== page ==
CHICAGO — Three suicides in three weeks. Some are calling it a crisis among officers in the Chicago Police Department made worse by low morale and depleted ranks.

Nora Flisk, the widow of an officer killed in the line of duty more than a decade ago, has a message amid the recent police officer suicides that have made headlines.

Flisk’s husband, Officer Michael Flisk, was killed in 2010. She says the pain has gone on forever.  She now only has photos and memories to hold onto.

“We miss him,” she said. “And I wanted to let these officers know that’s a forever choice you’re making. Forever we will be without you. And I don’t want one more family to have to bare that forever.”

Flisk was murdered on the day after Thanksgiving in 2010 while processing a burglary scene. The criminal came back to try to cover his tracks. He was on parole for armed robbery and didn’t want to go back to prison.

Now, Nora Flisk is speaking out to and for officers currently in crisis. She sees it as a perfect storm: Cancelled days off, demonization and a demoralized department.

“I’m mad at the superintendent and the upper echelons of the police department who don’t care enough to acknowledge we’re in a crisis,” she said. “You cannot put a band-aid on a bullet hole.”

This week, police brass reminded officers and the public about free, around-the-clock counseling services available. But they defend canceling officers’ regular days off — saying they need the manpower during historically violent summer weekends.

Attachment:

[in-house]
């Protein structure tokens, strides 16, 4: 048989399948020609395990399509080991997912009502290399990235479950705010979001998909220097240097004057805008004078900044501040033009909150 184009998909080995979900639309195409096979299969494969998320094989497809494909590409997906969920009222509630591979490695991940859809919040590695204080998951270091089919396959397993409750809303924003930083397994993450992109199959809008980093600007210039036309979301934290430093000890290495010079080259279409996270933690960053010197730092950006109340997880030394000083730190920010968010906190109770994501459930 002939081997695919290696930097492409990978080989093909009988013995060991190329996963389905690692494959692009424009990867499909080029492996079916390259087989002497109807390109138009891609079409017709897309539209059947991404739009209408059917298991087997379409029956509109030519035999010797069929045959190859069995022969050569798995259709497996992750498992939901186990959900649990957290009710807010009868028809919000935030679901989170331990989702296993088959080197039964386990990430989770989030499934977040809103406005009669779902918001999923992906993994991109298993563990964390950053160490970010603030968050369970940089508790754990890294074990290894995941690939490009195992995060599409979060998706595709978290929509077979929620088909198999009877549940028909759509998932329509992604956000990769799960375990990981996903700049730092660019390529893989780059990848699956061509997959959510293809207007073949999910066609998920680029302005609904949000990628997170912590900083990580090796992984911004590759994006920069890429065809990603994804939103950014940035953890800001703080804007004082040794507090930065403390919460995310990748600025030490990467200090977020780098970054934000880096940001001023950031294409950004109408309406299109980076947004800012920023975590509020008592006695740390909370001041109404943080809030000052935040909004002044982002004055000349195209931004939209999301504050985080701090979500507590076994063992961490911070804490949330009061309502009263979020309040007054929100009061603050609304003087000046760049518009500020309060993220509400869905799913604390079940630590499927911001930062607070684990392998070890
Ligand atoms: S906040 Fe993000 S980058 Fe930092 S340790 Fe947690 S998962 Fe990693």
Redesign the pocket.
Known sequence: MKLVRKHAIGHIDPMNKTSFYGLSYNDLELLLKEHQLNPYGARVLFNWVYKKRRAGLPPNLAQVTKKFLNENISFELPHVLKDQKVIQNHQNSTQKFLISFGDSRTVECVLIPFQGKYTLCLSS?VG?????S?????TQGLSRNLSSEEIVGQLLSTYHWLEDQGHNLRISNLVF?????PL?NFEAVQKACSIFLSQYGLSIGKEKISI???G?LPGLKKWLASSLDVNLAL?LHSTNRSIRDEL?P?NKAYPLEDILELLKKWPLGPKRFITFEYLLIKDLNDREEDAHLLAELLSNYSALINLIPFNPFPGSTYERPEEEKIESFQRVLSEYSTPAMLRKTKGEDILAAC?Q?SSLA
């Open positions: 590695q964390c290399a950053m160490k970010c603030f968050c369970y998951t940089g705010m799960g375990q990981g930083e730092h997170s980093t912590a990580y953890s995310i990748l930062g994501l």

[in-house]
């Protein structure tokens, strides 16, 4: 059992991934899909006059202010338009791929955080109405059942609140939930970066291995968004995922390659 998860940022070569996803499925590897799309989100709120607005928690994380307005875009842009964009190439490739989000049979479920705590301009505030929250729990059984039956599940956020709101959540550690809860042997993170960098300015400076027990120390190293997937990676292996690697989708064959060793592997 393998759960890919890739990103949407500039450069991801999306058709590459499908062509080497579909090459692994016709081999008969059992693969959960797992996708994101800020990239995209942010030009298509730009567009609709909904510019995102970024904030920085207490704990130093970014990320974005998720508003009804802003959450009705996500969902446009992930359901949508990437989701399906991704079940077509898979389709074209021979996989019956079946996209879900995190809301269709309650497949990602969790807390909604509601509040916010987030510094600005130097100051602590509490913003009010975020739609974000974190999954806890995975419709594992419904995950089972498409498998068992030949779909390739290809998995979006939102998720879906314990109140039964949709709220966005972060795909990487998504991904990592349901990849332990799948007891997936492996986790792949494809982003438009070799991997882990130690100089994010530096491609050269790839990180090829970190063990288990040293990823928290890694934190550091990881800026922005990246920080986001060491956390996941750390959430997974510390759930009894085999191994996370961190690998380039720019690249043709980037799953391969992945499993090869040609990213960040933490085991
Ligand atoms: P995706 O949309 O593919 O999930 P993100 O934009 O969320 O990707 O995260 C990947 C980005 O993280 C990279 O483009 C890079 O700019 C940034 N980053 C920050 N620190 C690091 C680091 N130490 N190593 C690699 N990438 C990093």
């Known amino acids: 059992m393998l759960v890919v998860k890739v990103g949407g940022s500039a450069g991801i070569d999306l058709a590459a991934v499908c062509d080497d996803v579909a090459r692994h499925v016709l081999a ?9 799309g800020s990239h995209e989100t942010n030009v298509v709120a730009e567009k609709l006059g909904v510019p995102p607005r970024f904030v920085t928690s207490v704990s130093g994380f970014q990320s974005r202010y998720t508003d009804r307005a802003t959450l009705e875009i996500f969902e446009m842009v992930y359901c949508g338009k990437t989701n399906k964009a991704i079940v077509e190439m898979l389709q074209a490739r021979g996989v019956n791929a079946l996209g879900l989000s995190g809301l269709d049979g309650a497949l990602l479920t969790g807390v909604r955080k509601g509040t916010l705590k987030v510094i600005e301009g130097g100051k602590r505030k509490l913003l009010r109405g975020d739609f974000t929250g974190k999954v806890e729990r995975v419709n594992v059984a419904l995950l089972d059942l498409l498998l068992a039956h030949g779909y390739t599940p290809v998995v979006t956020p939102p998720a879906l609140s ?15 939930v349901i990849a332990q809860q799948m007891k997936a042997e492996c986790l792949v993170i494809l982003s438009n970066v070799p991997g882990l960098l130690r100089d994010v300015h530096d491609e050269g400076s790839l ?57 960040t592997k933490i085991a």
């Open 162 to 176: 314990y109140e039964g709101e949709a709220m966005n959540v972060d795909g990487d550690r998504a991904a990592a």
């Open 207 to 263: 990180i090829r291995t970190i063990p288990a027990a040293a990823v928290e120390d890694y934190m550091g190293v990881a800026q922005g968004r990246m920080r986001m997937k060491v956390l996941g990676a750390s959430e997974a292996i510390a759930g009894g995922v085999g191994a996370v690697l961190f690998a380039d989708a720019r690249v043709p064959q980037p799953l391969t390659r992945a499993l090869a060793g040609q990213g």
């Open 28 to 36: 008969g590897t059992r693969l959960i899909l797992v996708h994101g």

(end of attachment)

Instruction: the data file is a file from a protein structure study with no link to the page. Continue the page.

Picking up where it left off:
Police say the average officer loses about 20 of their 104 “regular days off” per year.

They insist they don’t cancel vacations, but some officers say approval for summer vacation days is hard to come by. CPD Supt. David Brown said it’s a tough decision police superintendents have been dealing with for the last 30 years.

Michael Fisk was a Chicago cop for nearly 20 years.

His son followed in his father’s footsteps,  but after just three-and-a-half years with CPD, he transferred to a suburban police force.

“You have dedicated officers who are joining this department in hopes of making a difference,” Nora Flisk said. “Instead, they are demoralized and dehumanized by society and by the media and by their own bosses.”

Nora Flisk hopes people in the city she loves, and the department which honors her as a Gold Star Family, will listen. But after sending a personal letter to Chicago’s top cop one month ago, she’s skeptical. In her letter, she asked him to step down.

She said she’s not surprised he didn’t respond.

“I’m just a person, a woman,” she said, “But I’m a wife of a fallen officer and I know what it feels like to not have an officer, a husband, a father anymore.”

She says officers need to know someone cares at the top.

A police spokesperson declined to comment on Flisk’s frustrations. She hopes her voice will remind officers of their value — not just to the city but also to their family and friends.